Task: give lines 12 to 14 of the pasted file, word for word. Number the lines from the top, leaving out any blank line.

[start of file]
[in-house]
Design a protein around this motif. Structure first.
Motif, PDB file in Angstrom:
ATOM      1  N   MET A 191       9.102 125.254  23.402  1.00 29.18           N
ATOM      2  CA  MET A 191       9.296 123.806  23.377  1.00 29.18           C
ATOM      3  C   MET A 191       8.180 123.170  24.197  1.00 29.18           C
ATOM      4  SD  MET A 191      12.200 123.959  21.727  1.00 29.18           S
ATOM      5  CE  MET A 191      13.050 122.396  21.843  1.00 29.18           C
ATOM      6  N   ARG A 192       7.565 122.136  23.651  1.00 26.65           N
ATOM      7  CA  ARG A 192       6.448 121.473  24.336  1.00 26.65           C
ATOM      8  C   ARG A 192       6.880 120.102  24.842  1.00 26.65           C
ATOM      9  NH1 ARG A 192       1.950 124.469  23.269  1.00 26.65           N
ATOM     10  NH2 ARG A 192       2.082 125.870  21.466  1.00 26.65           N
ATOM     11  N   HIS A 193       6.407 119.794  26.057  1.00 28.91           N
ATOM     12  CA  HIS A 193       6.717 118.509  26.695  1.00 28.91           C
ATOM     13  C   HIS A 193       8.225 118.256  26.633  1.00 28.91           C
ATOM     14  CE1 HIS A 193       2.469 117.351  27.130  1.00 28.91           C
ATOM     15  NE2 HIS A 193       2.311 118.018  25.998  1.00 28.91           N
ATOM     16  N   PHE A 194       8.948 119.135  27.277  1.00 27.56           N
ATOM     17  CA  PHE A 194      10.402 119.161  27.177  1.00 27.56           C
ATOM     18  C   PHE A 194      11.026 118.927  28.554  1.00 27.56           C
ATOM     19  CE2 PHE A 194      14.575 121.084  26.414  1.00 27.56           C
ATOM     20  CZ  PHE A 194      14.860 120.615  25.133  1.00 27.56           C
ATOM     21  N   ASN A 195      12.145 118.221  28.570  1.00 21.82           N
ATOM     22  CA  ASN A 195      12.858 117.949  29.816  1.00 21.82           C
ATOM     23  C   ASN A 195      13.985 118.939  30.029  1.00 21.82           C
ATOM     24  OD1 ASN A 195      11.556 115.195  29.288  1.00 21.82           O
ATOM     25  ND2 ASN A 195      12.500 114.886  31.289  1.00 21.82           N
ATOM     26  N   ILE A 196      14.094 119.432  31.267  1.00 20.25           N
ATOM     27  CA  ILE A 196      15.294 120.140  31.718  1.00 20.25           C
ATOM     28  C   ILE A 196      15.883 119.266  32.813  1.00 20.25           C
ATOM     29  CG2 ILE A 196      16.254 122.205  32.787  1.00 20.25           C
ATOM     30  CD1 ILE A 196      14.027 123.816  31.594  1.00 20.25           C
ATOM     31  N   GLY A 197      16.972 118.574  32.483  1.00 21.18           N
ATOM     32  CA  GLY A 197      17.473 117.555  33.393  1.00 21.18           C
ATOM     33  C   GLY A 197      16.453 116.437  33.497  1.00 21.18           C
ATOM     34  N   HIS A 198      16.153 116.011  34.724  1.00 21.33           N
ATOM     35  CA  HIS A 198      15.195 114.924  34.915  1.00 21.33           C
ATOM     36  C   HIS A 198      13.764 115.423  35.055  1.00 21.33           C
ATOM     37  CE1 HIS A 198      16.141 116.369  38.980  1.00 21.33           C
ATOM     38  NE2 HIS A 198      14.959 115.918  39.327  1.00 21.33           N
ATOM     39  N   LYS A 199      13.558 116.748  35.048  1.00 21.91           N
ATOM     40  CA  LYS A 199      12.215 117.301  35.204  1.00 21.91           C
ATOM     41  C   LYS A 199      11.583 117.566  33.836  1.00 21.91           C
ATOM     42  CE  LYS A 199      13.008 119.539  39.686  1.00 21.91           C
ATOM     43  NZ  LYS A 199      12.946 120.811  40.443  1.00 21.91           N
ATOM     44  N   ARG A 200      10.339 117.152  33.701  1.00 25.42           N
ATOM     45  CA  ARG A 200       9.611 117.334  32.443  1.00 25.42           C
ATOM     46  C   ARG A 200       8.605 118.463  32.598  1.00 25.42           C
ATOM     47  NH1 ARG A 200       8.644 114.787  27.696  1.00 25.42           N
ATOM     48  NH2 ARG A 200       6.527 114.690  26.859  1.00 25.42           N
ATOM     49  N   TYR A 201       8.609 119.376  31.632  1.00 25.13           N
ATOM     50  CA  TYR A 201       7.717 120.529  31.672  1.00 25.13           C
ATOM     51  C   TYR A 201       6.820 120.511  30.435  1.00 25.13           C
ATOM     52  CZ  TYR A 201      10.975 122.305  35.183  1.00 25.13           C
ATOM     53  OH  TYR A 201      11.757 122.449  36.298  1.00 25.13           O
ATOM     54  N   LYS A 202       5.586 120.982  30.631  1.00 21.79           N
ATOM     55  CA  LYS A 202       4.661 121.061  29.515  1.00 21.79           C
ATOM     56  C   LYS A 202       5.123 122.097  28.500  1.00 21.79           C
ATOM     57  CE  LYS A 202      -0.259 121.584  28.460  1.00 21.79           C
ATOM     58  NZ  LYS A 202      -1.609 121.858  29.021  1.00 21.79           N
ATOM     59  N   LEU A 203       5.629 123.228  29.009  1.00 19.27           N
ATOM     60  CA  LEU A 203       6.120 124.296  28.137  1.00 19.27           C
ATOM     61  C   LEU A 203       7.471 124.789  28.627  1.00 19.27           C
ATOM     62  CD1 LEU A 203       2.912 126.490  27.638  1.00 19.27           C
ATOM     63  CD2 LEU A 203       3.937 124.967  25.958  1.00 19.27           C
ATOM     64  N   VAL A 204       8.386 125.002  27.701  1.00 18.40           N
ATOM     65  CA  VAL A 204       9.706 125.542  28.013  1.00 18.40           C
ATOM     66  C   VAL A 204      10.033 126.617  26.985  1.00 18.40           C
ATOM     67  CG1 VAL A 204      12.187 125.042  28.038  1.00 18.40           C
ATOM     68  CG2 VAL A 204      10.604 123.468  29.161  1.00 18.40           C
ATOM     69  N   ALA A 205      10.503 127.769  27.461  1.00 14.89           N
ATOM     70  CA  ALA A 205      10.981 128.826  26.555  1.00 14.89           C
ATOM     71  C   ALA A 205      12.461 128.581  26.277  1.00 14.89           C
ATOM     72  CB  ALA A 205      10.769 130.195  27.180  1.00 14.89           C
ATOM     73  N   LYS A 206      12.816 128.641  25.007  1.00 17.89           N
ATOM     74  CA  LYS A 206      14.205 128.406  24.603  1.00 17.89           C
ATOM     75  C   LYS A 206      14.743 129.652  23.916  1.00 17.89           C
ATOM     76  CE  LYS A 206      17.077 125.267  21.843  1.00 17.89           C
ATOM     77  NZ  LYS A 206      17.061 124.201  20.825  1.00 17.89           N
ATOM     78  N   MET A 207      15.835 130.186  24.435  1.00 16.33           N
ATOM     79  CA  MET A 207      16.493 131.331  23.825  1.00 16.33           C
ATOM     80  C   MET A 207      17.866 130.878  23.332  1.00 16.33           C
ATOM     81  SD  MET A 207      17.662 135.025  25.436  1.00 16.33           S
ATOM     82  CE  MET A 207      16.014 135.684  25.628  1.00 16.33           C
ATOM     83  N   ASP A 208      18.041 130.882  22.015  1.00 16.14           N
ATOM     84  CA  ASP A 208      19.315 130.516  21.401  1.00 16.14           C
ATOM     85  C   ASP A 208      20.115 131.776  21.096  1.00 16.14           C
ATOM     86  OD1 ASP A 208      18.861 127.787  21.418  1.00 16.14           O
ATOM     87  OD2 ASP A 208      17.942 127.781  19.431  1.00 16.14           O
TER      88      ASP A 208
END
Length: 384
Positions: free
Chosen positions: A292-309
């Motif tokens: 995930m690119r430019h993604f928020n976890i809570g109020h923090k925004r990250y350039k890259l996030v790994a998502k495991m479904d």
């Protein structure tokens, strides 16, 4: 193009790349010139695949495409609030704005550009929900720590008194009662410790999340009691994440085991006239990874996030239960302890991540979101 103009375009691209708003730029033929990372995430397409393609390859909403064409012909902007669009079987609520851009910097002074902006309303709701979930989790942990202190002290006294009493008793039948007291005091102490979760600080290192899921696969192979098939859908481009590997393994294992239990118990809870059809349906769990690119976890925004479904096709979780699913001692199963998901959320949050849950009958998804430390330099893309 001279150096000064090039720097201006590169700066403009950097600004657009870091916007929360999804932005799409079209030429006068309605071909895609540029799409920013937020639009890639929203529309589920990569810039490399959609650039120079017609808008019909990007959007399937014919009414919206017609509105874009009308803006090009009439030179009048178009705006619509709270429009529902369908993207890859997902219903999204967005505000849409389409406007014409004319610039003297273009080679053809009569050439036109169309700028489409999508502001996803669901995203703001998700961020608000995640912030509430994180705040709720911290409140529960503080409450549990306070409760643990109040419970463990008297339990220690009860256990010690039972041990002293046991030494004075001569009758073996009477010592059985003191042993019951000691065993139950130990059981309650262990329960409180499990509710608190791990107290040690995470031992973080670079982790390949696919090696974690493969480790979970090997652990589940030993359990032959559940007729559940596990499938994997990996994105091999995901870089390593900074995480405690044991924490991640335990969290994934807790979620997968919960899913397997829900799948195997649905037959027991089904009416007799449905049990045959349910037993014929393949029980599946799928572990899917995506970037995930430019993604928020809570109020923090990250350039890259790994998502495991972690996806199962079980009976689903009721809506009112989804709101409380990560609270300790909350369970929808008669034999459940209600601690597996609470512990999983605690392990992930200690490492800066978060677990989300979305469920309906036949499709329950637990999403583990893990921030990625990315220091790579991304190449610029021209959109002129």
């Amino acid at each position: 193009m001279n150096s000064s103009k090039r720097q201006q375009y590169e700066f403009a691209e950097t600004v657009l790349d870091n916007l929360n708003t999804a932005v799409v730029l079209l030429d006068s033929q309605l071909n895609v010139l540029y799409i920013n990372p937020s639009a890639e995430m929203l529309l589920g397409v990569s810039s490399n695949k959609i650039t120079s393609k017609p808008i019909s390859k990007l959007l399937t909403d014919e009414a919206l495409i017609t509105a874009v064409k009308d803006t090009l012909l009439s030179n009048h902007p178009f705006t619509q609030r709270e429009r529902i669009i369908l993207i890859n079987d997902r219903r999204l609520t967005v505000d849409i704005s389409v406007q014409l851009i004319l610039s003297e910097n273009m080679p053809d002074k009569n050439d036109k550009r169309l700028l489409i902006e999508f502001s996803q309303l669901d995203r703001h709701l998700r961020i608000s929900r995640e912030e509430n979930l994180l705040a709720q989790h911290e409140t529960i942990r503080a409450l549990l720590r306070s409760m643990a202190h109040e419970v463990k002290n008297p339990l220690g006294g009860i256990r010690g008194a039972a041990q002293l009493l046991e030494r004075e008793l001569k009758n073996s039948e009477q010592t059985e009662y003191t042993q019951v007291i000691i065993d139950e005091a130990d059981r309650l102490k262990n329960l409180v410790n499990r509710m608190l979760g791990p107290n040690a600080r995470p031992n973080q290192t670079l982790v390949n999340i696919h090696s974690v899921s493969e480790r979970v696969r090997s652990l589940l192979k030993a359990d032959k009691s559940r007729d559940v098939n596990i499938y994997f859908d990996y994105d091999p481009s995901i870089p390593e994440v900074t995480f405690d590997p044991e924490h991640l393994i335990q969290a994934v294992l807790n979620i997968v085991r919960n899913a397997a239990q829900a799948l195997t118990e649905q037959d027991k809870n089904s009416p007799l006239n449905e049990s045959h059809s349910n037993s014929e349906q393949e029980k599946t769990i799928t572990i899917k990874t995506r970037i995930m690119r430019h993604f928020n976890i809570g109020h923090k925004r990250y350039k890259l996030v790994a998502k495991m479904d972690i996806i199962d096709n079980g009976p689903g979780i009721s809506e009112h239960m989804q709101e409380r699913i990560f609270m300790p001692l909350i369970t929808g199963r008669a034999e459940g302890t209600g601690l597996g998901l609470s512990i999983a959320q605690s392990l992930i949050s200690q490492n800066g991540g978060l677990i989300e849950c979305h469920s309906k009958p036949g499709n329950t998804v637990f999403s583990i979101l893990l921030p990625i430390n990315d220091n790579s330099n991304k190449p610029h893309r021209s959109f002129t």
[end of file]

ATOM      9  NH1 ARG A 192       1.950 124.469  23.269  1.00 26.65           N
ATOM     10  NH2 ARG A 192       2.082 125.870  21.466  1.00 26.65           N
ATOM     11  N   HIS A 193       6.407 119.794  26.057  1.00 28.91           N